“Finns settled in three major regions of United States,” asserts one researcher, naming “the Northeast, upper Midwest, and the Pacific Northwest.” Another scholar was able to identify in the northeast thirty-eight Finnish Churches, Mission Stations, as well as six Preaching Stations. “Northeast” here means the States of Maine, New Hampshire, Vermont, Connecticut, Rhode Island and Massachusetts.
An inspection of state house records in the three northern New England states provides a sampling of scattered Finnish settlements and the dates of their Incorporated religious societies. As example follows in Maine: The Finnish Congregational Church of Harrison, organized August 9, 1920; the Finnish Congregational Church of SouthThomasto, December 24, 1921; and the Finnish Evangelical Lutheran Church, Suomi Synod, in Paris, April 25, 1924.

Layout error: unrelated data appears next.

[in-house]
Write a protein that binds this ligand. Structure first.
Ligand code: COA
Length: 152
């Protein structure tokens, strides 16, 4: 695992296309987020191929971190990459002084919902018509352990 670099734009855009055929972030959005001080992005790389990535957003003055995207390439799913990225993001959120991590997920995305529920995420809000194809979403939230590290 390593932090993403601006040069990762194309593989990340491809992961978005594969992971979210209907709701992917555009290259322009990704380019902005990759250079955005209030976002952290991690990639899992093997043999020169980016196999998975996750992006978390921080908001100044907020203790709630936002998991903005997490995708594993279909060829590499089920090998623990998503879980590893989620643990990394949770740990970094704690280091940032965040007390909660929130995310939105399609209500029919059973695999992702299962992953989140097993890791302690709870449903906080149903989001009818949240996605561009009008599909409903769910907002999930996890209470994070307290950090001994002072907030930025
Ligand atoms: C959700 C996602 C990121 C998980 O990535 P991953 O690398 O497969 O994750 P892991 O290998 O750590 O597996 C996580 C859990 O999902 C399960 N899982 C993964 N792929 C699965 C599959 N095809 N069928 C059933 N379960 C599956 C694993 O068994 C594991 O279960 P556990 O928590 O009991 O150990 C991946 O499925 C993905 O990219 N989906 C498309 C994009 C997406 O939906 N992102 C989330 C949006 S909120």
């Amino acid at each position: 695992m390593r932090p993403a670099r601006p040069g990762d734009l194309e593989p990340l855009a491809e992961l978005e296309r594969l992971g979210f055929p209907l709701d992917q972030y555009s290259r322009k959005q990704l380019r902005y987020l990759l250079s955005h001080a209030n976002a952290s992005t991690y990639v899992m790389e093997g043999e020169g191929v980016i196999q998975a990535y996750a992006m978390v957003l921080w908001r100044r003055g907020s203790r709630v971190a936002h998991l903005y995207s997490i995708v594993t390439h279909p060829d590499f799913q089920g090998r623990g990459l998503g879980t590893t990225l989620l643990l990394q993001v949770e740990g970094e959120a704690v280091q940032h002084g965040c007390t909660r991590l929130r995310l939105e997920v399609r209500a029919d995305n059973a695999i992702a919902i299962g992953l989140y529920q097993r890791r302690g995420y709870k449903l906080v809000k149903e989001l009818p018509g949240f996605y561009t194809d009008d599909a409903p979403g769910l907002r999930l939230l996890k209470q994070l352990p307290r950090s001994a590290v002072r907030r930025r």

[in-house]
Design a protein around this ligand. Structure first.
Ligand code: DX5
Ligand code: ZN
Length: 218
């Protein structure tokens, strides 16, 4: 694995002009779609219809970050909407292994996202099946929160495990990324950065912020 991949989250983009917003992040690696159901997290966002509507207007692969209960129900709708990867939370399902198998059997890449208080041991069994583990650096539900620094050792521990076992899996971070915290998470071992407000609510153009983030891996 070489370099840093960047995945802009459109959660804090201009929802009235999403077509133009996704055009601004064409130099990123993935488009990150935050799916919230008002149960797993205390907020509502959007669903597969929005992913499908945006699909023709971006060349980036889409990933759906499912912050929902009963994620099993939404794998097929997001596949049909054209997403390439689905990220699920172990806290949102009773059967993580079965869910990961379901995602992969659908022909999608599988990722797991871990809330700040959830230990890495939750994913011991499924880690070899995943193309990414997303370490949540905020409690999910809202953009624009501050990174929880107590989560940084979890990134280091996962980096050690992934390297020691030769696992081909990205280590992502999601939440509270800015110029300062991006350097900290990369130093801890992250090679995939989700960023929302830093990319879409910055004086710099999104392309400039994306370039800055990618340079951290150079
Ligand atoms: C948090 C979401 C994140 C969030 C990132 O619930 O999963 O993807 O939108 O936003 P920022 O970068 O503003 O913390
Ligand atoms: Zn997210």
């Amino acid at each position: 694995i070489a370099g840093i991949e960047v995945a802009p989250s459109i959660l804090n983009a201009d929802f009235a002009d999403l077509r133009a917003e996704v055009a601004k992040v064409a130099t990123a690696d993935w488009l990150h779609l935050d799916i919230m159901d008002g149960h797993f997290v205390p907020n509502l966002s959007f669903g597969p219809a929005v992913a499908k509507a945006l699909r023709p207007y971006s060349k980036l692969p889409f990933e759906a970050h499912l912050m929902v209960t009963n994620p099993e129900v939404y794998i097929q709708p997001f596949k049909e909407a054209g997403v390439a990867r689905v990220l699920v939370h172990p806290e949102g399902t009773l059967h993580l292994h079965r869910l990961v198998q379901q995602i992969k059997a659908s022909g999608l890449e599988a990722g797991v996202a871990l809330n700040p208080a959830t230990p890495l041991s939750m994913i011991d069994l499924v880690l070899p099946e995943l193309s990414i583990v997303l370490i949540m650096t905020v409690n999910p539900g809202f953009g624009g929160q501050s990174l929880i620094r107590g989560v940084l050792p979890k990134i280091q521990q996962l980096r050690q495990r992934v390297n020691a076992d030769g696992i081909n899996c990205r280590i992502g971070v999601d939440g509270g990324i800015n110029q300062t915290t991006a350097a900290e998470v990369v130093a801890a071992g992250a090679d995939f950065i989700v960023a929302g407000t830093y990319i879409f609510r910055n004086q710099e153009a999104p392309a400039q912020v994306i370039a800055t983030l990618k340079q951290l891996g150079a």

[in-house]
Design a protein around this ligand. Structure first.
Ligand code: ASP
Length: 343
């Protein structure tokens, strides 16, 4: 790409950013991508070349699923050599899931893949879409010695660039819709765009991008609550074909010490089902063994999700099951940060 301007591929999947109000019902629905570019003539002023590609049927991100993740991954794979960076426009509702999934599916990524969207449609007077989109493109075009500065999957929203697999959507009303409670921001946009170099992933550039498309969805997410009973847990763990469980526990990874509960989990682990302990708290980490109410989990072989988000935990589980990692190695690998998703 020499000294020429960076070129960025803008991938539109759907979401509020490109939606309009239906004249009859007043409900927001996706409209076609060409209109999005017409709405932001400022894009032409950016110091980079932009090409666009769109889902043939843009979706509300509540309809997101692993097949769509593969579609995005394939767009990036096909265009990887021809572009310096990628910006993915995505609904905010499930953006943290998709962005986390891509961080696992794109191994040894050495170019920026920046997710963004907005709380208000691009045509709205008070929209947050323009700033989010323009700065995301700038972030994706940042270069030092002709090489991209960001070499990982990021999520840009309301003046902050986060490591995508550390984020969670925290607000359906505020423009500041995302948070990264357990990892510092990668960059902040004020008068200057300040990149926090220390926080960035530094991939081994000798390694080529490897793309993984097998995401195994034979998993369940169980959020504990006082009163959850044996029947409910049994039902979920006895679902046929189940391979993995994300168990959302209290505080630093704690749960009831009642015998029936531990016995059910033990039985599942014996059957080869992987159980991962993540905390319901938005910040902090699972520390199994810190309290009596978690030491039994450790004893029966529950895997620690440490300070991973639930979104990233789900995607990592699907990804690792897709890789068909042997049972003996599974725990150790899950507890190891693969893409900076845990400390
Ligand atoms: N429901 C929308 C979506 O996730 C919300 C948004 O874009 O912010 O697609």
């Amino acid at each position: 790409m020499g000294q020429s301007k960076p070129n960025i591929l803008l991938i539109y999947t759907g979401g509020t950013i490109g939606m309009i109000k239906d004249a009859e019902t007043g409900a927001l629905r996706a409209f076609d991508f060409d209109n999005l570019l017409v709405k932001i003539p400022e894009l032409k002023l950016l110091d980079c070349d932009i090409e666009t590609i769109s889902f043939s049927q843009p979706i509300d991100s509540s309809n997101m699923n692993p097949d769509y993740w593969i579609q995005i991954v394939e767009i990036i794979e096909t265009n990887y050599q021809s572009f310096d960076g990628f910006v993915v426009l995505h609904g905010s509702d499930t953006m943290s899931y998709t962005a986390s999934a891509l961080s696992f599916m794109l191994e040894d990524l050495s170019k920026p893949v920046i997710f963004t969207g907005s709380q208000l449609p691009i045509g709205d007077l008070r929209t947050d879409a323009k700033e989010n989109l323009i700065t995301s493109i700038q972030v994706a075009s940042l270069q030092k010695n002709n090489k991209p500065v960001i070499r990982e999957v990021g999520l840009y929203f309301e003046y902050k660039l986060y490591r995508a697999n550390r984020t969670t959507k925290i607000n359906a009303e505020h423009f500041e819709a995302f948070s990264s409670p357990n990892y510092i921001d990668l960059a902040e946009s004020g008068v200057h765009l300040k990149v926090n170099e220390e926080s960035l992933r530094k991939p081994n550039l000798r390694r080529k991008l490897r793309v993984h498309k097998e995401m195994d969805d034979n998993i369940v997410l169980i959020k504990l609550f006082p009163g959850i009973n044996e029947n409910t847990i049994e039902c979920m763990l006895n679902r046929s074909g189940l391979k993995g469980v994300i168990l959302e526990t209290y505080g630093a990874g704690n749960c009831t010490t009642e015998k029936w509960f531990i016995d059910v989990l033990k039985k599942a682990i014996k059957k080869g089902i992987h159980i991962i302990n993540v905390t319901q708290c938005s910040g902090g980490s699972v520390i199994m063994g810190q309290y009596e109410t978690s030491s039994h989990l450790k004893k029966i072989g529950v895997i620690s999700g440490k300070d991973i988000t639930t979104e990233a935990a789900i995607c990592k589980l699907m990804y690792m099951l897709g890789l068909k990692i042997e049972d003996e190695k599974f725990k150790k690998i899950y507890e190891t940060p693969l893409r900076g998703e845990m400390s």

State documents further show two burial organizations, both in Maine, i.e., Finnish Lutheran Cemetery Association, Harrison, October 14, 1913 and the Finnish Cemetery Association, West Paris, June12, 1978. The only other groups that took pains to incorporate were: Finnish Progressive Society of Kingfield, Kingfield, Maine, April 6, 1929; Finnish Socialists, Milford, New Hampshire, September 29, 1913; a Finnish Society in Troy, New Hampshire, April 8, 1913; and Finnish Aid Society, Proctor, Vermont, October 14, 1912.
In all, fourteen Maine towns housed chapters of the Finnish Workingmen´s Association, usually of socialist bent. Twelve similar chapters arose in New Hampshire, nine in Connecticut, seven in Vermont, and three in Rhode Island. Massachusetts led with thirty-eight.
In Massachusetts, Kivisto mentions Finnish colonies in Worcester, Fitchburg, Gardner, Maynard, Cape Ann, and Lanesville. Labor historians know about Worcester Finns because of lively radical minority. Fitchburg was most likely the largest concentrated Finnish Settlement in the East, if not in the entire United States, known for its newspaper Raivaaja, begun as socialist voice 1905.